Then in April 1998 the cake was retired after almost 13 years as the “Carltonisation” of Central took hold, and suddenly their idents were in the same style as what viewers in London had become used to, with “CENTRAL” appearing in various colours. Viewers were rather unimpressed by this, but at least the name was still on the screen. central10

Then in September 1999, The Carlton star look was introduced, and the Central name was no longer part of the ident. After building such a successful image for their viewers it was all suddenly gone. There were some attempts to suggest that the region’s name was now actually “Carlton Central” and the name was still very much alive, but it didn’t feel that way, despite the local news still using the Central name, and the Carlton star span on the screen in the Midlands until the end of regional ITV in October 2002.


2 thoughts on “Round The Regions – Central.

  1. Michael says:

    I quite like the Central Cake logo actually. It’s very nice and i like it. Also i think the Central Cake ident and animated endcap was actually introduced in August 1988.

    Here’s the link: (starts at 0.29)

    Central must have used the 1989 ITV Generic ident one with the David Dundas theme and one with Central’s reworked 1988 ident jingle which is also used on Central Video as well.

    And Central’s 1997 endcaps are the last to feature the Cake logo which had been in use since 1985 and on endcaps since August 1988.

    I just thought i’d tell you.


  2. The exploding ball thingy in Central’s first ident was supposed to be a UFO, I believe.

    It wasn’t popular at the time – not to mention inflexible compared to the rainbow moon and the cake. The rainbow moon was actually used from the start – most notably on the original endcap and on Central News – before getting its own ident to replace the UFO.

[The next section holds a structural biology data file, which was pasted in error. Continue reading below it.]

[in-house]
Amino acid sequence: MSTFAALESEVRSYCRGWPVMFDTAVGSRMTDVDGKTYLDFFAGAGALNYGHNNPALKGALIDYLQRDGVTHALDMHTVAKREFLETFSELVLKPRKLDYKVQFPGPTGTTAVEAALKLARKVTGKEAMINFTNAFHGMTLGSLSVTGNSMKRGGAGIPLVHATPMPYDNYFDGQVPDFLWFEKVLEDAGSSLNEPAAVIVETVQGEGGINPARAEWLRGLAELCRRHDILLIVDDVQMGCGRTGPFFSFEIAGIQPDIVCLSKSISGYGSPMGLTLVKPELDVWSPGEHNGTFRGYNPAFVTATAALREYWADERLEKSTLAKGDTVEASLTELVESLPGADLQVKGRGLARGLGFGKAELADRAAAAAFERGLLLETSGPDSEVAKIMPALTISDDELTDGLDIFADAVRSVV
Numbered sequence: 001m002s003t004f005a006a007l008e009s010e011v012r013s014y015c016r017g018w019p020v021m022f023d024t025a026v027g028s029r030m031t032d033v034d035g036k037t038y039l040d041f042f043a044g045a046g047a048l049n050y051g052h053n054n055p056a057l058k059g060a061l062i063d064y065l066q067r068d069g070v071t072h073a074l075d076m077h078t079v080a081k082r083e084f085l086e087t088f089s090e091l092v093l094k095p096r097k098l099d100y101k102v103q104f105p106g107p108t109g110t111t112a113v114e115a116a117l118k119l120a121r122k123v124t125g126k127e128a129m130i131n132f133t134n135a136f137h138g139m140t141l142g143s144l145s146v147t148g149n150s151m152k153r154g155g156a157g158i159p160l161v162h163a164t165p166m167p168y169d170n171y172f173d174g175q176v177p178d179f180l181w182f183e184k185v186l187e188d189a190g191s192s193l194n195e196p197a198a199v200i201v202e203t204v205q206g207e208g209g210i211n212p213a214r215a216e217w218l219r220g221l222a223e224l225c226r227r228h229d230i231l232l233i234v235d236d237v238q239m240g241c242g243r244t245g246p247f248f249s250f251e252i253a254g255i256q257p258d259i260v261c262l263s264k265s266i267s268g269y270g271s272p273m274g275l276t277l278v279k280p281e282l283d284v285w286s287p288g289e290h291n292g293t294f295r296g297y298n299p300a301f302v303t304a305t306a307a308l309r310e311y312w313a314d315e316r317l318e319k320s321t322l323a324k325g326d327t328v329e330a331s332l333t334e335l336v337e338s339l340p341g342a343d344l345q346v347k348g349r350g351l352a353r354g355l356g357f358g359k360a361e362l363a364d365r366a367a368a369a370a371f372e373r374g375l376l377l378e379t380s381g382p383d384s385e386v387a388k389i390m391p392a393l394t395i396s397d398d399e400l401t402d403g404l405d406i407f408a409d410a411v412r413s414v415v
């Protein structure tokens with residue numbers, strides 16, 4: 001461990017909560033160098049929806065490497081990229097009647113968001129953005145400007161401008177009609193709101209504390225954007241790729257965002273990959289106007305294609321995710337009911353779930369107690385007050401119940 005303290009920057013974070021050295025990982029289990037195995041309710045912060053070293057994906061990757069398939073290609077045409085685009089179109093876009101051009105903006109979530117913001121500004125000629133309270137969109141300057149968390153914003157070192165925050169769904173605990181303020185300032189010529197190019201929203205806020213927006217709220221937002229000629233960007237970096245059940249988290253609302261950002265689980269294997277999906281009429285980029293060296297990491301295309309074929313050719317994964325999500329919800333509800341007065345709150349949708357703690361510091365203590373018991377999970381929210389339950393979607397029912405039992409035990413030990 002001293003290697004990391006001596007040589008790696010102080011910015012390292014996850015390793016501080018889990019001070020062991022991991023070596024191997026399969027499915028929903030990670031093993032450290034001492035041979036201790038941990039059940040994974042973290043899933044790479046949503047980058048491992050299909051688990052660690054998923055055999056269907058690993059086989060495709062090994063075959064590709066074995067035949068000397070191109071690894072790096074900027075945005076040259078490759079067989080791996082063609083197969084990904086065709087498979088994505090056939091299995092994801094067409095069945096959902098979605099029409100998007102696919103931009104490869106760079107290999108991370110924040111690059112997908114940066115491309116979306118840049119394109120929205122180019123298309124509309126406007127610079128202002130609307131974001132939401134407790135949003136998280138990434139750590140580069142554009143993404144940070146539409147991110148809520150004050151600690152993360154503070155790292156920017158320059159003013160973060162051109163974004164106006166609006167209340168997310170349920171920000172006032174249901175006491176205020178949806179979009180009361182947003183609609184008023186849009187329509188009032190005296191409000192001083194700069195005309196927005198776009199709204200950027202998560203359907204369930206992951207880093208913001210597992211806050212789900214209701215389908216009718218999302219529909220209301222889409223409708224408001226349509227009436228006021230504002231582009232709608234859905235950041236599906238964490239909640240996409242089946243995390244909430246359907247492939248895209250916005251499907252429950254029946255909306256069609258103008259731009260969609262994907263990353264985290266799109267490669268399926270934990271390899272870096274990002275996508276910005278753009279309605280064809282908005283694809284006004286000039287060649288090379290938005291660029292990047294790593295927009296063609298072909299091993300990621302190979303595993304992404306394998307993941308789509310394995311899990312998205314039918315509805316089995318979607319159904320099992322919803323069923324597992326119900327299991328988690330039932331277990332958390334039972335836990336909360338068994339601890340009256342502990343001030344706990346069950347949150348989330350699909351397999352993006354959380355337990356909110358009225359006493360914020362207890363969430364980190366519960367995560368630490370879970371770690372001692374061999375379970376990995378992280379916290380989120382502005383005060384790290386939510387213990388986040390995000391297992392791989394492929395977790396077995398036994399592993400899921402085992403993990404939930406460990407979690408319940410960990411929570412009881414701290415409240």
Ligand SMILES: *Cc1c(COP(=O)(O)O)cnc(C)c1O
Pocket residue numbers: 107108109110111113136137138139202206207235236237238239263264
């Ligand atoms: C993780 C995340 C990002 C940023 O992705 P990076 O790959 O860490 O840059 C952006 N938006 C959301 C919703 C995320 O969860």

Central may also have been the very first TV station in Britain to go without the use of a clock – when it first came on air it used ATV’s digital clock superimposed onto a caption featuring the rainbow moon, but this didn’t last long.

    The animated endcap used in 1988/89 can, of course, still be seen on Challenge, whenever they repeat episodes of Bullseye and Family Fortunes from the period. It must have sparked a minor craze, because Scottish soon made their own animated endcap – but the practice was outlawed in September ’89 with the introduction of the first ITV corporate identity.

    Central did indeed use that ITV generic ident – albeit briefly – with both David Dundas’s music and its own, and also made this ident combining the ITV animation with the cake animation:

    The Carlton takeover came in 1994, and although the cake remained in use for another four years, the new owners did make changes during that time – first copyrighting Family Fortunes, Supermarket Sweep, Tots TV etc to “Carlton UK Television”, then closing down the Broad Street studios in Birmingham and replacing them with smaller studios down the road in Gas Street.

    And for anyone wondering what became of Mike Prince – in 2015 he launched the sadly short-lived local Birmingham station Big Centre TV, also serving as its chairman and director of programming.